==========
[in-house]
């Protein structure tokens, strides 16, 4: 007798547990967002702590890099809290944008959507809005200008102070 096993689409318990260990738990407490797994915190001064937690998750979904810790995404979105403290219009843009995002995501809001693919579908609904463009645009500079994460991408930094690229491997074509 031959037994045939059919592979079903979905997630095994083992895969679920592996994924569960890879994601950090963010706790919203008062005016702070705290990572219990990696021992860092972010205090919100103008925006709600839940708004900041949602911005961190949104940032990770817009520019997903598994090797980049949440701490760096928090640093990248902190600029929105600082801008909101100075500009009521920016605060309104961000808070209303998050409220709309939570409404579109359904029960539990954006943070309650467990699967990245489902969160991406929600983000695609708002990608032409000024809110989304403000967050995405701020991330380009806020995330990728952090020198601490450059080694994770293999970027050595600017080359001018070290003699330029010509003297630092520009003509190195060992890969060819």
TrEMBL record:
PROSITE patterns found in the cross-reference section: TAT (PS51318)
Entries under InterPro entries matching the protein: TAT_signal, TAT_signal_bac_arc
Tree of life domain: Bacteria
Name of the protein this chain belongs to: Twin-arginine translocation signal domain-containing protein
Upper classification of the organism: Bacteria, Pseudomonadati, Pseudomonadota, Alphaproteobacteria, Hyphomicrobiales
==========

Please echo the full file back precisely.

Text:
[in-house]
């Protein structure tokens, strides 16, 4: 007798547990967002702590890099809290944008959507809005200008102070 096993689409318990260990738990407490797994915190001064937690998750979904810790995404979105403290219009843009995002995501809001693919579908609904463009645009500079994460991408930094690229491997074509 031959037994045939059919592979079903979905997630095994083992895969679920592996994924569960890879994601950090963010706790919203008062005016702070705290990572219990990696021992860092972010205090919100103008925006709600839940708004900041949602911005961190949104940032990770817009520019997903598994090797980049949440701490760096928090640093990248902190600029929105600082801008909101100075500009009521920016605060309104961000808070209303998050409220709309939570409404579109359904029960539990954006943070309650467990699967990245489902969160991406929600983000695609708002990608032409000024809110989304403000967050995405701020991330380009806020995330990728952090020198601490450059080694994770293999970027050595600017080359001018070290003699330029010509003297630092520009003509190195060992890969060819």
TrEMBL record:
PROSITE patterns found in the cross-reference section: TAT (PS51318)
Entries under InterPro entries matching the protein: TAT_signal, TAT_signal_bac_arc
Tree of life domain: Bacteria
Name of the protein this chain belongs to: Twin-arginine translocation signal domain-containing protein
Upper classification of the organism: Bacteria, Pseudomonadati, Pseudomonadota, Alphaproteobacteria, Hyphomicrobiales